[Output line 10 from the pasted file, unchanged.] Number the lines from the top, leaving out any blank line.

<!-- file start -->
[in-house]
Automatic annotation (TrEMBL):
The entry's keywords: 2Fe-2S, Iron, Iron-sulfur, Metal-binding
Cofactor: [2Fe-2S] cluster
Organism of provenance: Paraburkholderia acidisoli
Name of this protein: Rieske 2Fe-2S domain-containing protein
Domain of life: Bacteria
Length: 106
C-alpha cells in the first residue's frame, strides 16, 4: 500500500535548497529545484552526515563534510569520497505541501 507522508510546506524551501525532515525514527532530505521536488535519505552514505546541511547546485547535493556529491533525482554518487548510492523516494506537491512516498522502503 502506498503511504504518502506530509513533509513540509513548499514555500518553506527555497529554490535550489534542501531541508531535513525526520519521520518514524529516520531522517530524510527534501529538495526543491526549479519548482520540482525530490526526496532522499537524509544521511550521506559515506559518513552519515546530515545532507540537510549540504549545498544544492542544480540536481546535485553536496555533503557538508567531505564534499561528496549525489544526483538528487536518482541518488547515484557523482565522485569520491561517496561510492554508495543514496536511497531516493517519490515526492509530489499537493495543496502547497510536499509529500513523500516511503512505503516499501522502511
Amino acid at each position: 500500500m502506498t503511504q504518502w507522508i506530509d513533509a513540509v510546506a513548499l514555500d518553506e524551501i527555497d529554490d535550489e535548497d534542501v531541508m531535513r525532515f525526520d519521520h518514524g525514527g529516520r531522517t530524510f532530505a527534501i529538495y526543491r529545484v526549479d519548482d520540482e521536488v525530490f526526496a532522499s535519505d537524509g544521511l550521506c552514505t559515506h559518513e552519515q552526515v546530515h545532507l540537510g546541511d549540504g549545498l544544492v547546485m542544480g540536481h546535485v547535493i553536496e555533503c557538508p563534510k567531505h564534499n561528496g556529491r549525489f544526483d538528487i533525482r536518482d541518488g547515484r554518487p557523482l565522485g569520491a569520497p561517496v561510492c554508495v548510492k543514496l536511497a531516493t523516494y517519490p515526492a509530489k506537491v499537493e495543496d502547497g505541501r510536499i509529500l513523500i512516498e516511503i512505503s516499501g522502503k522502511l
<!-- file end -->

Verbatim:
Amino acid at each position: 500500500m502506498t503511504q504518502w507522508i506530509d513533509a513540509v510546506a513548499l514555500d518553506e524551501i527555497d529554490d535550489e535548497d534542501v531541508m531535513r525532515f525526520d519521520h518514524g525514527g529516520r531522517t530524510f532530505a527534501i529538495y526543491r529545484v526549479d519548482d520540482e521536488v525530490f526526496a532522499s535519505d537524509g544521511l550521506c552514505t559515506h559518513e552519515q552526515v546530515h545532507l540537510g546541511d549540504g549545498l544544492v547546485m542544480g540536481h546535485v547535493i553536496e555533503c557538508p563534510k567531505h564534499n561528496g556529491r549525489f544526483d538528487i533525482r536518482d541518488g547515484r554518487p557523482l565522485g569520491a569520497p561517496v561510492c554508495v548510492k543514496l536511497a531516493t523516494y517519490p515526492a509530489k506537491v499537493e495543496d502547497g505541501r510536499i509529500l513523500i512516498e516511503i512505503s516499501g522502503k522502511l